lovefood meets... Madhur Jaffrey
by Andrew Webb | 22 October 2012 | 0 commentsTweet
We talk to the Empress of Indian cuisine about the search for Britain's favourite curries in her new TV show 'Madhur Jaffrey's Curry Nation'.
To meet Madhur Jaffrey is to have an audience with cooking royalty and I find myself instinctively standing to attention as she gracefully enters the room. Petit yet commanding, elegant and always stylish, Madhur arrived in Britain to attend The Royal Academy of Dramatic Arts only a few years after Queen Elizabeth II ascended the throne.
What was life like in 50s Britain, I wondered? "Pea green smog everywhere at three in the afternoon!” she replies quick as a flash. “But I loved the fish and chips, they were so fresh and cheap. That’s what I lived on because I didn’t like the rest of the British food I was being served!”
A taste of home
At the time there wasn’t much choice for a taste of home anyway, with only a handful of restaurants in the UK serving Indian food, and even they were stuffy and post-colonial. Today there are something like 10,000 from the Scilly Isles to the Outer Hebrides. And it’s not just restaurants; there’s a whole industry of shops and stores catering for Asian foodstuffs. “When I came here you couldn’t even get fresh ginger easily! What I love is the way Britain has embraced not just the curry that they know (the curry house curry), but also the regional foods, like the Gujarat foods that came here via Africa”.
Apples and currants
Madhur’s first book, An Invitation to Indian Food, appeared in 1973, a time when curry in Britain still featured chunks of diced apple and currants. “But that too has a history. When the British were in India a lot of them had fruit plantations and they would meet on Sundays at their clubs. Everyone would bring a dish to eat, a pot luck, but they often used fruit from their plantations, because they felt that you needed the sweet from the fruit to break up the heat of the curry.”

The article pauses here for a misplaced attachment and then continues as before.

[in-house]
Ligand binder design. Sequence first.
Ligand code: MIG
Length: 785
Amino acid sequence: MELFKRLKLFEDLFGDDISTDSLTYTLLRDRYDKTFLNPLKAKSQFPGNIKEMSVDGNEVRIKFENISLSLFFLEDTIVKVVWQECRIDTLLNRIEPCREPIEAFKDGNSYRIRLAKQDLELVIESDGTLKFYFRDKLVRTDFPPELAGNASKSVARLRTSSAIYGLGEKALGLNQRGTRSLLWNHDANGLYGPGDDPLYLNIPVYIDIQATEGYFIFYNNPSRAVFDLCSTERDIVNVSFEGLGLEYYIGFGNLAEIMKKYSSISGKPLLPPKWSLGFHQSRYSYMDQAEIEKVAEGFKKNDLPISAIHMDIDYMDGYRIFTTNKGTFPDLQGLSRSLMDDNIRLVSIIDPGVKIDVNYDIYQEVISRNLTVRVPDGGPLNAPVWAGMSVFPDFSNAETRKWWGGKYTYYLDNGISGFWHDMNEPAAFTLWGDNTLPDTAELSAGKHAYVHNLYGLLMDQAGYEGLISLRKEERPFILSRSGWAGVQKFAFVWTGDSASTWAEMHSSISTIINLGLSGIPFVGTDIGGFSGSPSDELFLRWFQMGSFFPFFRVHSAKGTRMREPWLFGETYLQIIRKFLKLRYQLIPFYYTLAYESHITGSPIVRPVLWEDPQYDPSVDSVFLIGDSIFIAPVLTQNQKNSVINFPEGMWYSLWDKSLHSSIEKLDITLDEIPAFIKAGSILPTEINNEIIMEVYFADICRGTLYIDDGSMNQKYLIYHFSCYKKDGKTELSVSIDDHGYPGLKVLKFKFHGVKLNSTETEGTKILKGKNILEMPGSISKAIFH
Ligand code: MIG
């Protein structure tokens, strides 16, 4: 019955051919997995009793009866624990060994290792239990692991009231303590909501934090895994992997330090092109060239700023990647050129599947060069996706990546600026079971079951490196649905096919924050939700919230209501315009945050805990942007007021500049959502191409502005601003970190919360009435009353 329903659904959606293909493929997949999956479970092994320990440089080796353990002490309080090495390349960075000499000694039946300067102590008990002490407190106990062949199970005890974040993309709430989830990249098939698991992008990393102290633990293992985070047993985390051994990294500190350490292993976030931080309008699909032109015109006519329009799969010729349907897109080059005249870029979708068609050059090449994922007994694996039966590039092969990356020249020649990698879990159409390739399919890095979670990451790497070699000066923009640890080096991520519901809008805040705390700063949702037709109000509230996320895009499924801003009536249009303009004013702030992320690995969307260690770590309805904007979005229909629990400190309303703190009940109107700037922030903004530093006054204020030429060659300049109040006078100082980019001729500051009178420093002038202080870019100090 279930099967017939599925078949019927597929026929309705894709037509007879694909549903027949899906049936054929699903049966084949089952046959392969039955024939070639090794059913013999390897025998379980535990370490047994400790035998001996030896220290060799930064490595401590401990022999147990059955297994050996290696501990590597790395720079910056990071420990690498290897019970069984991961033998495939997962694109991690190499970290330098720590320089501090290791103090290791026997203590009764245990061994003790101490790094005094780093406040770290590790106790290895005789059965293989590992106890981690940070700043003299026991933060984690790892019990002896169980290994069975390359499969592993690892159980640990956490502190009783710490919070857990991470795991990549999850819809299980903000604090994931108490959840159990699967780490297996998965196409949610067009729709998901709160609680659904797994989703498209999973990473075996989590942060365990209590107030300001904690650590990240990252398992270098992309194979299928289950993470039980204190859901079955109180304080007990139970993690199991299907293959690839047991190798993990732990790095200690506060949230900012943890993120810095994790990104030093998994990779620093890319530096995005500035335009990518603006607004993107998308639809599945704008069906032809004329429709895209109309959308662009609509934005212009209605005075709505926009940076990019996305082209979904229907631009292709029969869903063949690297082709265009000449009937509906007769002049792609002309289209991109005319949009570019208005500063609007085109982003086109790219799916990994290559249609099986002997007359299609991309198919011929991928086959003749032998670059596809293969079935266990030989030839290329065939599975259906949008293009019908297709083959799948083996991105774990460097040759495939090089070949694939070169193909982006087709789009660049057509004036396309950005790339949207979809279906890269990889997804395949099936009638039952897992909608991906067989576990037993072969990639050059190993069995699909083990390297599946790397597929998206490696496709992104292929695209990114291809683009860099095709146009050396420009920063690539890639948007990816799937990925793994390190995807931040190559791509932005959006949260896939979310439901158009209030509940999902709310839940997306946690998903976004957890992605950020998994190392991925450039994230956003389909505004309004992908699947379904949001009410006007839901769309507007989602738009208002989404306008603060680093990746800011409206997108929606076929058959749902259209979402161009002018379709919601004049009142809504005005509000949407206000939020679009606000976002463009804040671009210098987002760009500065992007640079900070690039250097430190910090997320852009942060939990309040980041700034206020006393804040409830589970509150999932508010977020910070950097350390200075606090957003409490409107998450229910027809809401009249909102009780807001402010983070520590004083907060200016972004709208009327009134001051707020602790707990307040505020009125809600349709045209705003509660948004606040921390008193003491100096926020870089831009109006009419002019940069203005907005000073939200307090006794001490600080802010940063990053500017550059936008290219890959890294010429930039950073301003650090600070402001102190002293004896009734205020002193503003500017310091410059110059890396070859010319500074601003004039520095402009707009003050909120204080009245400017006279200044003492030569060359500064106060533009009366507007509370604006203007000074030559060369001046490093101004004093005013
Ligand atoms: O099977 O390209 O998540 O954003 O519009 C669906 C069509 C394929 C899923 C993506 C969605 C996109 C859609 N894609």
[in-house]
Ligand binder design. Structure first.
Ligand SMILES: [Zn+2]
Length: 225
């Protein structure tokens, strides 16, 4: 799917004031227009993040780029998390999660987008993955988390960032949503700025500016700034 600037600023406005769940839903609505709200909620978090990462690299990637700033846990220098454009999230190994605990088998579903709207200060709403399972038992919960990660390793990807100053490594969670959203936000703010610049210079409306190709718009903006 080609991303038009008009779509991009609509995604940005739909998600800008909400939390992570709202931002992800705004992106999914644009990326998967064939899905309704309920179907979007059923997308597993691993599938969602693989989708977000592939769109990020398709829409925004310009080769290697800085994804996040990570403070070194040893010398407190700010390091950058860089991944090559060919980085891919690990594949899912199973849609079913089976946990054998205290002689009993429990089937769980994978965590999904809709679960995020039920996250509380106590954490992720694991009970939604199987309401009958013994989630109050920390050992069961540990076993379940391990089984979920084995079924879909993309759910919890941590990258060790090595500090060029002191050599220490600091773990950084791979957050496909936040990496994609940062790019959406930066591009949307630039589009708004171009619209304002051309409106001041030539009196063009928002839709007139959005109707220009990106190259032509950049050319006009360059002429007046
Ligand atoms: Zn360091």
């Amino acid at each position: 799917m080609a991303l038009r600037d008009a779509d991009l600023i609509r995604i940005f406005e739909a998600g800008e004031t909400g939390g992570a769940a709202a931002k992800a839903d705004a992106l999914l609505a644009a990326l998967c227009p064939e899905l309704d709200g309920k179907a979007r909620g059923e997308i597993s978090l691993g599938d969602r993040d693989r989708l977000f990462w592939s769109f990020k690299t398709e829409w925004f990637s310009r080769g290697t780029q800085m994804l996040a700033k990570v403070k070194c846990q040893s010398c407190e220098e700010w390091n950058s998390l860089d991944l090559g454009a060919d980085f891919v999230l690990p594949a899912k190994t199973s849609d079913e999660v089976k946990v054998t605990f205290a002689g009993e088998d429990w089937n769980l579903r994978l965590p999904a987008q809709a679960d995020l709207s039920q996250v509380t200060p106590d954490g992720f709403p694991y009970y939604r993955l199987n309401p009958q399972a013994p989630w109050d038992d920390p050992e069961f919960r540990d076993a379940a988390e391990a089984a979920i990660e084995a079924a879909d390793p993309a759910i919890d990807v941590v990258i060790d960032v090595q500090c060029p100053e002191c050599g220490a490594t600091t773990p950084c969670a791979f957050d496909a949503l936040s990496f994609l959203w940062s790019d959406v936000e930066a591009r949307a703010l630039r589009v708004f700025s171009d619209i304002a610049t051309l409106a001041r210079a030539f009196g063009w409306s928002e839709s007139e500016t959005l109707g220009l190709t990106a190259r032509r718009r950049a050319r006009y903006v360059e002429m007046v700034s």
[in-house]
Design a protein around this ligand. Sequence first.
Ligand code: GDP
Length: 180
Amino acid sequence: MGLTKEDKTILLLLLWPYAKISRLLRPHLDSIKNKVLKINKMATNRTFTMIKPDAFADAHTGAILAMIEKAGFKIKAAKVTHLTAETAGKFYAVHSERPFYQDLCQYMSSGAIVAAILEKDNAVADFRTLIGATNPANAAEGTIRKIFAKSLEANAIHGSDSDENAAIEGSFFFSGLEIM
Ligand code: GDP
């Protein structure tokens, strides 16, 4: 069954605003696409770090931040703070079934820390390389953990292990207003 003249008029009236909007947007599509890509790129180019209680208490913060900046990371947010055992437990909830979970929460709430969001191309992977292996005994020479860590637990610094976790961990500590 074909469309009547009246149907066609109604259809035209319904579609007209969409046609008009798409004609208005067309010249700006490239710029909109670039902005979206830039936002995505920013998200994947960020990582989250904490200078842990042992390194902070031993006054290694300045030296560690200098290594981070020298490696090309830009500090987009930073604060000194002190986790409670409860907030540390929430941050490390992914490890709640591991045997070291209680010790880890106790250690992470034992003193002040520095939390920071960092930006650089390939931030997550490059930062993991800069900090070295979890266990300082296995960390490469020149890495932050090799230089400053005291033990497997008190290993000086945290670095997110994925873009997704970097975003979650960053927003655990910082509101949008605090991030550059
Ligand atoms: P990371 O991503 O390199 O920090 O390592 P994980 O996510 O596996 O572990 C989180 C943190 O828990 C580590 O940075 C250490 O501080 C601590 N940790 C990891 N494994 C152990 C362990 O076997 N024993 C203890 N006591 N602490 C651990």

A curry census
And so after something like 50 years in the business, who better than Madhur to take stock of the state of South East Asian food in Britain today; a curry census, if you will. What’s particularly interesting about Madhur Jaffrey’s Curry Nation, is that she doesn’t just visit restaurants, but bloggers, households and takeaways as well, leaving no stone unturned. She explores everything from the fine dining cooking of Vivek Singh to a Chinese chip shop in Leicester that makes curry sauce from powder using a kettle and a bucket. She also looks at dishes from India’s many regions, as well as its neighbours including Pakistan, Nepal and Bangladesh.
I ask her about some of the highlights of her tour of Britain. “There are so many, but I really enjoyed the fish balls in masala made for me by the author Tahmima Anam,” she says. Tahmima heralds from Bangladesh, where many types of fish are plentiful, and though you can find some of them frozen and transported to this country, Tahmima actually uses that humble member of the cod family, coley. Fish balls in masala recipe
Another favourite was Lamb browned in its sauce, the recipe for which was given to Madhur by food blogger and writer Mallika Basu, who runs Quick Indian Cooking.com. As you’d expect, Mallika’s style is all about getting great tasting food on the table quickly, and for this recipe she saves time by using a pressure cooker. Lamb browned in its sauce recipe
A question from a reader
Finally, on our Facebook page prior to my interview, Etta Corlett asked: “I find it impossible to get cilantro roots (even when growing my own coriander). Is there anything I can substitute it with?!” So I put the question to Madhur. “If you can’t get the root out, and they’re not big, just leave it out of the recipe, or use the stalk or leaves” is her stately sage reply.
More curry content
Madhur Jaffrey’s Curry Nation is new and exclusive to Good Food, Sundays – Thursdays at 9pm from 4th November (Sky / HD 247, Virgin 260)